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Protesters March In Loop, Demand Freeze On Foreclosures

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Occupy Chicago demonstrators march downtown to draw attention to the foreclosure crisis. (Credit: Mike Krauser/WBBM Newsradio)

Occupy Chicago demonstrators march downtown to draw attention to the foreclosure crisis. (Credit: Mike Krauser/WBBM Newsradio)

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Updated 05/16/12 – 9:19 p.m.

CHICAGO (CBS) — With just four days to go before the NATO Summit, protesters have already been making their presence known for three days.

As CBS 2’s Mike Puccinelli reports, activists with Occupy Chicago and Communities United against Foreclosures and Evictions gathered in front of the Citibank branch at LaSalle and Madison streets Wednesday morning, in a call for a moratorium on foreclosures and evictions.

That came as new numbers released Wednesday showed Illinois ranked 3rd worst in the nation in terms of foreclosures, with 7 percent of all mortgages in foreclosure. Only New Jersey and Florida are doing worse.

The protesters said you can blame that on the banks and richest one percent.

Parading through the Loop, protesters chanted “housing is a human right. Fight, fight, fight.”

The group set up a makeshift plan for a house in front of the bank. They lay an oriental rug on the ground, and set up a couch, an easy chair and a couple of vases.

Occupying the makeshift living room were protesters who had been victims of foreclosure themselves. A couple of people who were foreclosed by Citibank took a bullhorn to address the crowd about their experiences.

Virginia Gonzalez spoke about her family’s foreclosure fight with the bank.

“We owe more on the mortgage than the market value of the property,” she said.

The protesters carried the furniture with them as they marched to Daley Plaza later Wednesday morning. They have collected about 1,000 signatures for a petition calling on Cook County Sheriff Tom Dart to enact a moratorium on evictions.

Back in 2010, Dart made national headlines for enacting a month-long moratorium on evictions. This time, the group wants Dart to up the ante considerably, by enacting a one-year moratorium.

Protesters also performed a mock eviction, complete with a uniformed sheriff’s deputy.

Dart said he sympathizes with the protesters, but his hands are tied legally.

“A moratorium that will quickly be overturned in the courts probably is not the way to go right now,” Dart said.

But two of his deputies accepted a box containing hundreds of petitions from constituents, asking him to stop carrying out evictions for a year.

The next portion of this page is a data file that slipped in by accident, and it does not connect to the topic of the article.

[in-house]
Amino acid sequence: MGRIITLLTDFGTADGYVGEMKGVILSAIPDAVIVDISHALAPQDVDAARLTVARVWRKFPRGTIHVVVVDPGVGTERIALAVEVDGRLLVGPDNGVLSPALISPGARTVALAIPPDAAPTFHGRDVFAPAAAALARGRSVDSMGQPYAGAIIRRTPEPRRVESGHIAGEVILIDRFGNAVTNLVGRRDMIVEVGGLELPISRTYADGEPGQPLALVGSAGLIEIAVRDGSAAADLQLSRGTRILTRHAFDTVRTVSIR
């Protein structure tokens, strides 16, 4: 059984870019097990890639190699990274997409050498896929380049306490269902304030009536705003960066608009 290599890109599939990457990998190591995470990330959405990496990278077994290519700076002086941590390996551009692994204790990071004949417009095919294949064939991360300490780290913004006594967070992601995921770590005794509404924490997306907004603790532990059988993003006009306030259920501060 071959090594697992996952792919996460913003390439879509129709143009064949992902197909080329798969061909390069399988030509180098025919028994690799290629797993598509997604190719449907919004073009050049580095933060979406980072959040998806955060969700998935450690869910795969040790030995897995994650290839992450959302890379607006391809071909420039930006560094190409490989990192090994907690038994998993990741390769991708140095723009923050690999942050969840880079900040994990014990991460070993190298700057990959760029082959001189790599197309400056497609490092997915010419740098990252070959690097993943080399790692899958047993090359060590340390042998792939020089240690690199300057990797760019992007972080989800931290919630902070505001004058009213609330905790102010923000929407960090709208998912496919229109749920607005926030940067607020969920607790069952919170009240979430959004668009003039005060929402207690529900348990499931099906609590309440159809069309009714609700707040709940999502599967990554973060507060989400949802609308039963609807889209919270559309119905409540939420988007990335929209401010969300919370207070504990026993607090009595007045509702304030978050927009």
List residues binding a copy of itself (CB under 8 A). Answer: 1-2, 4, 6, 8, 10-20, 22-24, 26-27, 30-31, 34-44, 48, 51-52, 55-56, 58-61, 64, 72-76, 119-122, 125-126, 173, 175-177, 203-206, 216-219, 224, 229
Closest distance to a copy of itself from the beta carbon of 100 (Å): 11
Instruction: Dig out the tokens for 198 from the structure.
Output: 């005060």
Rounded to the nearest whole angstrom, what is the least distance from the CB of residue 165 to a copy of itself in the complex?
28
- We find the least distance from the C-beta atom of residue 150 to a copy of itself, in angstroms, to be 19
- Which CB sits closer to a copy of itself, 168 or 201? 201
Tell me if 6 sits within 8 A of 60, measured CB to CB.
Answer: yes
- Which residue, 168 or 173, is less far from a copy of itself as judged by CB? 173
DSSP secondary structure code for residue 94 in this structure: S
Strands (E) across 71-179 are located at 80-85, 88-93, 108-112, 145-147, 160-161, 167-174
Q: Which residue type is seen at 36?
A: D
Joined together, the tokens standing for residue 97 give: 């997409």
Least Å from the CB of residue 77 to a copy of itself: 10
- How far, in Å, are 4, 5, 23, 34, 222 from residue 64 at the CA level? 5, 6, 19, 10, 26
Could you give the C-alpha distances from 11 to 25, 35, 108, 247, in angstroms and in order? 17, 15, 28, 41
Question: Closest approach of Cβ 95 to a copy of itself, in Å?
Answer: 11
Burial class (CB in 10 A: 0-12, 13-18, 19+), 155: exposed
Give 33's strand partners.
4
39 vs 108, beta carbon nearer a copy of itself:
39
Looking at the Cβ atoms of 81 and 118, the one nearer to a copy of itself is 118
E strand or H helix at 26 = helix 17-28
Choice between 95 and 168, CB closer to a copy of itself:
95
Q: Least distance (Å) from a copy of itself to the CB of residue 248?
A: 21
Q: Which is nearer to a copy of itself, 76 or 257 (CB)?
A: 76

When the protest ended, a splinter group decided to continue it by moving their furniture into the lobby of a Citibank at LaSalle and Jackson.

bank protest couch Protesters March In Loop, Demand Freeze On Foreclosures

Protesters attempt to put a couch inside a Citibank branch at LaSalle and Jackson ( Credit: Lauren Buttercup)

When police arrived, they did not arrest any of those protesters, but did load the furniture onto the back of a police wagon before driving away.

The protesters said their demonstration dovetails with the NATO Summit, because NATO is controlled by the same “1 percent” that controls the banks.

The protest was peaceful, but there was some rhetorical conflict. Police would not let the protesters set up the couch on the sidewalk because it was obstructive, so some of the members picked up the couch and walked across the street, then continued with the protest with a smaller love seat.

Later Wednesday, another group of protesters joined immigrant rights and anti-war activist Carlos Montes at Federal Plaza, for what they described as a stand “against FBI repression and frame-ups.”

The group blasted a criminal case against Montes, who is charged with illegally possessing a firearm — since he is a convicted felon — and perjury for allegedly lying on gun registration paperwork.

Montes was arrested after an FBI raid on his home in 2010. Prosecutors have said he was charged with a felony in the 1960s for hitting a sheriff’s deputy with an aluminum can during a student protest at East Los Angeles College.

But Montes said the recent charges against him are a form of political repression for his anti-war views.

Many of the protesters at Federal Plaza had most of their faces covered with black bandanas or masks, similar to a group of protesters who marched through Bridgeport, Canaryville and Back of the Yards on Tuesday to decry police brutality.

Several of those protesters clashed with local residents who came out to oppose their obscene chants against police, although no one was arrested during that march.

Wednesday’s protest in Federal Plaza ended without incident.

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